Tempestad presents the parallel stories of two women victimized by corruption in Mexico. In this lyrical documentary, the two subjects' voices echo over the landscape and highways of Mexico, moving from north to south. They describe how official injustice allowed violence to take control of their lives, desires, and dreams. The film conveys the paralyzing power of fear: fear as a sickness that prevents you from taking a stand on your future and the future of your children, and which clouds your ability to dream and grow.
Miriam, one of the film's two subjects, was arrested at her workplace and accused, without proof, of human trafficking. The violence she suffered and was exposed to during her imprisonment has left a profound gap in her life. Adela works as a clown in a traveling circus. Ten years ago, her life was irreversibly transformed when her daughter disappeared; every night during the show, she evokes her missing child.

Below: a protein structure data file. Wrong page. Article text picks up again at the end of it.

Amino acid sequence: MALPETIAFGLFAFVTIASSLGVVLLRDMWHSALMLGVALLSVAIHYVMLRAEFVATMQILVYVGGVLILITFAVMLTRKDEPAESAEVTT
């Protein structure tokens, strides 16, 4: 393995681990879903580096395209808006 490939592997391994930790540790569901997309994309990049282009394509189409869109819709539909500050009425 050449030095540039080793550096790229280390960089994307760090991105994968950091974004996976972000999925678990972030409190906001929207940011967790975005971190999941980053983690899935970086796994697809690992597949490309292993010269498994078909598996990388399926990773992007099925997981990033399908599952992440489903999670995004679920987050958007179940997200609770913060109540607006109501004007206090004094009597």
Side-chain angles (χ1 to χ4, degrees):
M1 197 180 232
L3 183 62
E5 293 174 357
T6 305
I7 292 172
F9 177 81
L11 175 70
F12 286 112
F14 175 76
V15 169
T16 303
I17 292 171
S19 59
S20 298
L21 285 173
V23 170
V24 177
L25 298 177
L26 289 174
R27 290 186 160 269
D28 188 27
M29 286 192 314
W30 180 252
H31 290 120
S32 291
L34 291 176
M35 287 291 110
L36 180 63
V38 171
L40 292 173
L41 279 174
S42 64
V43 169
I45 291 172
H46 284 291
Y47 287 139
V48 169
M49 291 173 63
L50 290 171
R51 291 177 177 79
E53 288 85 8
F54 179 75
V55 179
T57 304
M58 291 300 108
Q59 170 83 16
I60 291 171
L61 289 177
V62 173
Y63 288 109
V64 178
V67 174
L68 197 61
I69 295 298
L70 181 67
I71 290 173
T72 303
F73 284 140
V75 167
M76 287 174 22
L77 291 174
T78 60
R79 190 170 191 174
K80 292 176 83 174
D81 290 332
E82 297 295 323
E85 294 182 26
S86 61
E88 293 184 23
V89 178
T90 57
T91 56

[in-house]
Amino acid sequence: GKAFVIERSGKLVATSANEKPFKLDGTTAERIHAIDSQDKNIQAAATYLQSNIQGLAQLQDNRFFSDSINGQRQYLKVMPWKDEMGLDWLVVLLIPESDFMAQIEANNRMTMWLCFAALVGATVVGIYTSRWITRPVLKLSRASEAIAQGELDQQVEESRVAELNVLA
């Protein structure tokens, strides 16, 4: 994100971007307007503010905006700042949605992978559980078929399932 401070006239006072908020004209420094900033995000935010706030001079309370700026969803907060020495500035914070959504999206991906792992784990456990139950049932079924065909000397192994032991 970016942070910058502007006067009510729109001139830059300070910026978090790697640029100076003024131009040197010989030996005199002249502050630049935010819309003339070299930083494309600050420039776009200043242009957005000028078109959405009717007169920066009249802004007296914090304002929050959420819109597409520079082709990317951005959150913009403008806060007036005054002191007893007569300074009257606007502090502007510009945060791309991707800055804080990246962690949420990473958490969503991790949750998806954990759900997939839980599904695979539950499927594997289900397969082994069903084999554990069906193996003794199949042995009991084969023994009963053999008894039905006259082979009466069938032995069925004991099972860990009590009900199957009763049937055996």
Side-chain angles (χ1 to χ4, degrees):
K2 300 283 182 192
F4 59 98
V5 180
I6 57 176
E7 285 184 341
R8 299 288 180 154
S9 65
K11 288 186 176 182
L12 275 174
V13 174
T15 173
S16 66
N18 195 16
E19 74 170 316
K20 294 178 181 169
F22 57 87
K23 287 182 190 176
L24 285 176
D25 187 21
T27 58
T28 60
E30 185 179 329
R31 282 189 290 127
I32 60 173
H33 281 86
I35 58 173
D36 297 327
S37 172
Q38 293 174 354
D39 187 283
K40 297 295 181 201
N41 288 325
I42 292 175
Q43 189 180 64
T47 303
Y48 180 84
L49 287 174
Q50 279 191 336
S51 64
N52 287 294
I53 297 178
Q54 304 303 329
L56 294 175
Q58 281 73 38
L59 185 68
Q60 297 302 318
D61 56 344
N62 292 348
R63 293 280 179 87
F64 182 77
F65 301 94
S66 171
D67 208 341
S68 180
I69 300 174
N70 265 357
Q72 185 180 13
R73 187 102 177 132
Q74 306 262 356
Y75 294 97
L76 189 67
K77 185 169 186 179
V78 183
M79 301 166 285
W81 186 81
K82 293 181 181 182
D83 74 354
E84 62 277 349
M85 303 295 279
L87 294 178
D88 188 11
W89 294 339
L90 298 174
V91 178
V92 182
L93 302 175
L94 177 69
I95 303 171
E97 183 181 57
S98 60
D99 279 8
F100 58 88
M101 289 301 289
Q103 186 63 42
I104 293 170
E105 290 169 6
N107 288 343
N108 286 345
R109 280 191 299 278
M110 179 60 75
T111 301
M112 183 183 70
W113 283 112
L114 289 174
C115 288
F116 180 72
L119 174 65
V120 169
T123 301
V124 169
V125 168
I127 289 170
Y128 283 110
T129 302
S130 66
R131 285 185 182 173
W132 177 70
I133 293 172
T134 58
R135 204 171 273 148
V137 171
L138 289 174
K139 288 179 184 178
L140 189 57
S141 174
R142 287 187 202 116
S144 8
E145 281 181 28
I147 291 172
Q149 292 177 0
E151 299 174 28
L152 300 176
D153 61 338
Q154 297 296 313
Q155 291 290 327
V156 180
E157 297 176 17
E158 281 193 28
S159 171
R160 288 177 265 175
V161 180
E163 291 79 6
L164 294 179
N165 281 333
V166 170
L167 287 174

Director Tatiana Huezo will join UCSB Professor of Film & Media Studies Cristina Venegas for a post-screening Q&A.